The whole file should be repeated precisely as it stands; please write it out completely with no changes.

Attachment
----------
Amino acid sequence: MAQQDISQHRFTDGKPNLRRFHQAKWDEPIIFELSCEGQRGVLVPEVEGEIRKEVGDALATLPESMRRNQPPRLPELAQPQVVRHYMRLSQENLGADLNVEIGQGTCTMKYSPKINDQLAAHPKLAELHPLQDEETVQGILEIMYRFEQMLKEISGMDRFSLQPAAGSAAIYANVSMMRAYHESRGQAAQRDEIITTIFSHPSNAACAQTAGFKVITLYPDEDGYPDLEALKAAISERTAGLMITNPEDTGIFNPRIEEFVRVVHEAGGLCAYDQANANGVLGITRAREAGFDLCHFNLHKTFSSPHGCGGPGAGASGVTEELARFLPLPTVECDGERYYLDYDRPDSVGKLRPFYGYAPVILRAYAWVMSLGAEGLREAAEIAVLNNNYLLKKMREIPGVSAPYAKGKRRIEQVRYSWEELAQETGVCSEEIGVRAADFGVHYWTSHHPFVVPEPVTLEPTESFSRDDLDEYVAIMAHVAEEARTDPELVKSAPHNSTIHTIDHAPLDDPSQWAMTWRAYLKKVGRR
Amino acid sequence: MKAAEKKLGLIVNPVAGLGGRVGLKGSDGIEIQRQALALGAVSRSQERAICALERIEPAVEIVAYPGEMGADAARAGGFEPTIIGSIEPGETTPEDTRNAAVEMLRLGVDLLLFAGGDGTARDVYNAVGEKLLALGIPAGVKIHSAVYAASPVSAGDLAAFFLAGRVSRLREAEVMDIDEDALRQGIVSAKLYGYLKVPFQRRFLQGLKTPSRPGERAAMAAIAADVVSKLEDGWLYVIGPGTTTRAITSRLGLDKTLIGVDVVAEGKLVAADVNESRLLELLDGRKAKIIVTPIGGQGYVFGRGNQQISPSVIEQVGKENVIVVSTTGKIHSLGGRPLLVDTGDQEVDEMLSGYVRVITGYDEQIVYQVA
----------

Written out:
Amino acid sequence: MAQQDISQHRFTDGKPNLRRFHQAKWDEPIIFELSCEGQRGVLVPEVEGEIRKEVGDALATLPESMRRNQPPRLPELAQPQVVRHYMRLSQENLGADLNVEIGQGTCTMKYSPKINDQLAAHPKLAELHPLQDEETVQGILEIMYRFEQMLKEISGMDRFSLQPAAGSAAIYANVSMMRAYHESRGQAAQRDEIITTIFSHPSNAACAQTAGFKVITLYPDEDGYPDLEALKAAISERTAGLMITNPEDTGIFNPRIEEFVRVVHEAGGLCAYDQANANGVLGITRAREAGFDLCHFNLHKTFSSPHGCGGPGAGASGVTEELARFLPLPTVECDGERYYLDYDRPDSVGKLRPFYGYAPVILRAYAWVMSLGAEGLREAAEIAVLNNNYLLKKMREIPGVSAPYAKGKRRIEQVRYSWEELAQETGVCSEEIGVRAADFGVHYWTSHHPFVVPEPVTLEPTESFSRDDLDEYVAIMAHVAEEARTDPELVKSAPHNSTIHTIDHAPLDDPSQWAMTWRAYLKKVGRR
Amino acid sequence: MKAAEKKLGLIVNPVAGLGGRVGLKGSDGIEIQRQALALGAVSRSQERAICALERIEPAVEIVAYPGEMGADAARAGGFEPTIIGSIEPGETTPEDTRNAAVEMLRLGVDLLLFAGGDGTARDVYNAVGEKLLALGIPAGVKIHSAVYAASPVSAGDLAAFFLAGRVSRLREAEVMDIDEDALRQGIVSAKLYGYLKVPFQRRFLQGLKTPSRPGERAAMAAIAADVVSKLEDGWLYVIGPGTTTRAITSRLGLDKTLIGVDVVAEGKLVAADVNESRLLELLDGRKAKIIVTPIGGQGYVFGRGNQQISPSVIEQVGKENVIVVSTTGKIHSLGGRPLLVDTGDQEVDEMLSGYVRVITGYDEQIVYQVA